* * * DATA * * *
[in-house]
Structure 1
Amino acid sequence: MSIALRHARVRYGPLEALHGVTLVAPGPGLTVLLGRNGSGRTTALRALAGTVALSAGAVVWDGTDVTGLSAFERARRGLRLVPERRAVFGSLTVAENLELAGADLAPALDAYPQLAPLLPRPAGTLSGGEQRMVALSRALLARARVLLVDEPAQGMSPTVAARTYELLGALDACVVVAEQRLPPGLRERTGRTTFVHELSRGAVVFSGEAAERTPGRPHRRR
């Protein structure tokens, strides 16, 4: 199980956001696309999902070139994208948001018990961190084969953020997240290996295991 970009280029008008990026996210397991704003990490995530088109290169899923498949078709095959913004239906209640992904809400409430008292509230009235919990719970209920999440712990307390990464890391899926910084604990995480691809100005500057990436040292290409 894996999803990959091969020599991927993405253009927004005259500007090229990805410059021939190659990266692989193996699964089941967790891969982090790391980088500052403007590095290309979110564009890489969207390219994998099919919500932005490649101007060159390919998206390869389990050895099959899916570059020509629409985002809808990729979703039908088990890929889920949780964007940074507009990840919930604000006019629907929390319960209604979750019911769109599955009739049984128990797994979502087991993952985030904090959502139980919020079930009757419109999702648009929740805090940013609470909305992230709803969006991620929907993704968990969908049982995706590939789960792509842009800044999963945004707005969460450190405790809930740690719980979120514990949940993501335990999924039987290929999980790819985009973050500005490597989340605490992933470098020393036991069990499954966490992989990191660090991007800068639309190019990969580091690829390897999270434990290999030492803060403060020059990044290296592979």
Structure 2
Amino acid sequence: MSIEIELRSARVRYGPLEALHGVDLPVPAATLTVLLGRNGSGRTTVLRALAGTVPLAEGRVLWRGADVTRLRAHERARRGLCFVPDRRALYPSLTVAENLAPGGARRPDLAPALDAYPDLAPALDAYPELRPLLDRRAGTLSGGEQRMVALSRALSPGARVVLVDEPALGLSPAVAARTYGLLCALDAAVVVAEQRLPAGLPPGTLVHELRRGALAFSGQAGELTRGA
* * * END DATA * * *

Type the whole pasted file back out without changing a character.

[in-house]
Structure 1
Amino acid sequence: MSIALRHARVRYGPLEALHGVTLVAPGPGLTVLLGRNGSGRTTALRALAGTVALSAGAVVWDGTDVTGLSAFERARRGLRLVPERRAVFGSLTVAENLELAGADLAPALDAYPQLAPLLPRPAGTLSGGEQRMVALSRALLARARVLLVDEPAQGMSPTVAARTYELLGALDACVVVAEQRLPPGLRERTGRTTFVHELSRGAVVFSGEAAERTPGRPHRRR
């Protein structure tokens, strides 16, 4: 199980956001696309999902070139994208948001018990961190084969953020997240290996295991 970009280029008008990026996210397991704003990490995530088109290169899923498949078709095959913004239906209640992904809400409430008292509230009235919990719970209920999440712990307390990464890391899926910084604990995480691809100005500057990436040292290409 894996999803990959091969020599991927993405253009927004005259500007090229990805410059021939190659990266692989193996699964089941967790891969982090790391980088500052403007590095290309979110564009890489969207390219994998099919919500932005490649101007060159390919998206390869389990050895099959899916570059020509629409985002809808990729979703039908088990890929889920949780964007940074507009990840919930604000006019629907929390319960209604979750019911769109599955009739049984128990797994979502087991993952985030904090959502139980919020079930009757419109999702648009929740805090940013609470909305992230709803969006991620929907993704968990969908049982995706590939789960792509842009800044999963945004707005969460450190405790809930740690719980979120514990949940993501335990999924039987290929999980790819985009973050500005490597989340605490992933470098020393036991069990499954966490992989990191660090991007800068639309190019990969580091690829390897999270434990290999030492803060403060020059990044290296592979």
Structure 2
Amino acid sequence: MSIEIELRSARVRYGPLEALHGVDLPVPAATLTVLLGRNGSGRTTVLRALAGTVPLAEGRVLWRGADVTRLRAHERARRGLCFVPDRRALYPSLTVAENLAPGGARRPDLAPALDAYPDLAPALDAYPELRPLLDRRAGTLSGGEQRMVALSRALSPGARVVLVDEPALGLSPAVAARTYGLLCALDAAVVVAEQRLPAGLPPGTLVHELRRGALAFSGQAGELTRGA